Bottom Line: Finally, we show that augmented capsule production upon antibiotic exposure is facilitated by transcriptional increases in K locus gene expression that are dependent on a two-component regulatory system, bfmRS.These studies reveal that the synthesis of capsule, a major pathogenicity determinant, is regulated in response to antibiotic stress.Our data are consistent with a model in which gene expression changes triggered by ineffectual antibiotic treatment cause A. baumannii to transition between states of low and high virulence potential, which may contribute to the opportunistic nature of the pathogen.

View Article: PubMed Central - PubMed

Affiliation: Department of Molecular Biology and Microbiology, Tufts University School of Medicine, Boston, Massachusetts, United States of America.

ABSTRACT
Acinetobacter baumannii is an opportunistic pathogen of increasing importance due to its propensity for intractable multidrug-resistant infections in hospitals. All clinical isolates examined contain a conserved gene cluster, the K locus, which determines the production of complex polysaccharides, including an exopolysaccharide capsule known to protect against killing by host serum and to increase virulence in animal models of infection. Whether the polysaccharides determined by the K locus contribute to intrinsic defenses against antibiotics is unknown. We demonstrate here that mutants deficient in the exopolysaccharide capsule have lowered intrinsic resistance to peptide antibiotics, while a mutation affecting sugar precursors involved in both capsule and lipopolysaccharide synthesis sensitizes the bacterium to multiple antibiotic classes. We observed that, when grown in the presence of certain antibiotics below their MIC, including the translation inhibitors chloramphenicol and erythromycin, A. baumannii increases production of the K locus exopolysaccharide. Hyperproduction of capsular exopolysaccharide is reversible and non-mutational, and occurs concomitantly with increased resistance to the inducing antibiotic that is independent of the presence of the K locus. Strikingly, antibiotic-enhanced capsular exopolysaccharide production confers increased resistance to killing by host complement and increases virulence in a mouse model of systemic infection. Finally, we show that augmented capsule production upon antibiotic exposure is facilitated by transcriptional increases in K locus gene expression that are dependent on a two-component regulatory system, bfmRS. These studies reveal that the synthesis of capsule, a major pathogenicity determinant, is regulated in response to antibiotic stress. Our data are consistent with a model in which gene expression changes triggered by ineffectual antibiotic treatment cause A. baumannii to transition between states of low and high virulence potential, which may contribute to the opportunistic nature of the pathogen.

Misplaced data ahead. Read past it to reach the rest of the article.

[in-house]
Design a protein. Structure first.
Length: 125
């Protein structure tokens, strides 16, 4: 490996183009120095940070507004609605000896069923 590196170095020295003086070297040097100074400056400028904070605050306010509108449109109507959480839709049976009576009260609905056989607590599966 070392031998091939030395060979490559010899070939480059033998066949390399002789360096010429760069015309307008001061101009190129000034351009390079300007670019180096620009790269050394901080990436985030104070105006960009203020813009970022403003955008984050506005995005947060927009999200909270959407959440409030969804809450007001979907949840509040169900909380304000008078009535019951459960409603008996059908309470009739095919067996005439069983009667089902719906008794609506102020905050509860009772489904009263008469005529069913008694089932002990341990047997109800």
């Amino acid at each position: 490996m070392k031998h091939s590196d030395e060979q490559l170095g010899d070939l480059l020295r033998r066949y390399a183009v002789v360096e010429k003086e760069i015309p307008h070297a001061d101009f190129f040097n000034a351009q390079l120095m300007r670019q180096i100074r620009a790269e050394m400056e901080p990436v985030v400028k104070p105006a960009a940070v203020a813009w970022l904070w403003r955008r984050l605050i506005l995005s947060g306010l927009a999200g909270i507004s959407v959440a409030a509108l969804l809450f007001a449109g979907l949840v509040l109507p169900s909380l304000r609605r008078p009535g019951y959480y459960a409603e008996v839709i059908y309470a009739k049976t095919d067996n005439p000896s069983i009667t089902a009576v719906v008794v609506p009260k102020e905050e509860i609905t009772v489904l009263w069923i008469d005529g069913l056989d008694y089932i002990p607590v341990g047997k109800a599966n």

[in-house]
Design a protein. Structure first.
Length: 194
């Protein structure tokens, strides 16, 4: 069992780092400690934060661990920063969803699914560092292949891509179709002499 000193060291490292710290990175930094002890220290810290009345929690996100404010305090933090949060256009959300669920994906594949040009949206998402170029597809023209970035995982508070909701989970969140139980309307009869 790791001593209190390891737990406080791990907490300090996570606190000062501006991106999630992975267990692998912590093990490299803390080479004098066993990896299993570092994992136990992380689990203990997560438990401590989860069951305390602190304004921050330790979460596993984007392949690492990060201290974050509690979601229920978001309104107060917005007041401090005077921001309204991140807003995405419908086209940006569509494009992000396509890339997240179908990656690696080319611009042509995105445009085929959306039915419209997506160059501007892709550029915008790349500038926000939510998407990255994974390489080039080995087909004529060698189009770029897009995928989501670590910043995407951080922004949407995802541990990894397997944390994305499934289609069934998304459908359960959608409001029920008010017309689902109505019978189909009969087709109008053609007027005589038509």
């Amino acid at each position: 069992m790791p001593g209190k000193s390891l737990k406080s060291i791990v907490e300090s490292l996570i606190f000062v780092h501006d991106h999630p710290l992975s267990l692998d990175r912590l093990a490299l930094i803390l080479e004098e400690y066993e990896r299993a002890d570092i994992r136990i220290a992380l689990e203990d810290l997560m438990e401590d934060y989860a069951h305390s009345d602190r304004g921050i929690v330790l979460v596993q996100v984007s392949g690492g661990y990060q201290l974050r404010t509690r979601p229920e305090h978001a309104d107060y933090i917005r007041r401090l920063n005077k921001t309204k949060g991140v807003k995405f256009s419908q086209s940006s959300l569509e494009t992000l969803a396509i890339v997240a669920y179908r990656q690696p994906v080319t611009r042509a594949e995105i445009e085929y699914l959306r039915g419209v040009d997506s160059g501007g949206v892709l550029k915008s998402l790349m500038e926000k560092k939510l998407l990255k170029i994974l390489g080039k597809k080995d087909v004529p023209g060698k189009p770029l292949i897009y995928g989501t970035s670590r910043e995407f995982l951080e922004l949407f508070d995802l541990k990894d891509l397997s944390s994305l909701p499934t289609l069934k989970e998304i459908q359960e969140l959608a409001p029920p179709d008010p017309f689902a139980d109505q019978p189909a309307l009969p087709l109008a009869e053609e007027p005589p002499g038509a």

No MeSH data available.


Related in: MedlinePlus